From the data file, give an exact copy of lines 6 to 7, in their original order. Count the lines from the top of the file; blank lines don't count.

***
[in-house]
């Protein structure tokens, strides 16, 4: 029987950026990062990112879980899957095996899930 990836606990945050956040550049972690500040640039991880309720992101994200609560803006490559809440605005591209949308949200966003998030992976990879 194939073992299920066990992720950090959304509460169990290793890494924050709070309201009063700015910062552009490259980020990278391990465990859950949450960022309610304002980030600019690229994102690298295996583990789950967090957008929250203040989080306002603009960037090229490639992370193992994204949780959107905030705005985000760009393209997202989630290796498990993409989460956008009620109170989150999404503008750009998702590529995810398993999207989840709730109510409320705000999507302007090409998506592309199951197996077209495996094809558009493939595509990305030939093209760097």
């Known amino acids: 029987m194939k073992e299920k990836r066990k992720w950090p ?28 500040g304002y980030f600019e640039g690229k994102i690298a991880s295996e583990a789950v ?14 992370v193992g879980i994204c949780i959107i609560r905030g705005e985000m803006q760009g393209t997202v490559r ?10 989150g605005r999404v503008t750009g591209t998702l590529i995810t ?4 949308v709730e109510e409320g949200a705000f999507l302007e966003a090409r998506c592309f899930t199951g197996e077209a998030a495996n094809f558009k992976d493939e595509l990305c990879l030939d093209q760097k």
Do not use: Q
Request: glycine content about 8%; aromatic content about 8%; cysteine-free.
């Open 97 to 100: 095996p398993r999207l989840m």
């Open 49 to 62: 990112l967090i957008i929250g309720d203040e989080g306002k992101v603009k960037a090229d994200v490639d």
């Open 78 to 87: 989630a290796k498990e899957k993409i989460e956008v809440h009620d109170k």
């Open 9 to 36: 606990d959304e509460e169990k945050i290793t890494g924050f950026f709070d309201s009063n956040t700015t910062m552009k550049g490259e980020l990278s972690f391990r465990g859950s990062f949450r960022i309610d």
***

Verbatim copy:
């Open 97 to 100: 095996p398993r999207l989840m």
């Open 49 to 62: 990112l967090i957008i929250g309720d203040e989080g306002k992101v603009k960037a090229d994200v490639d």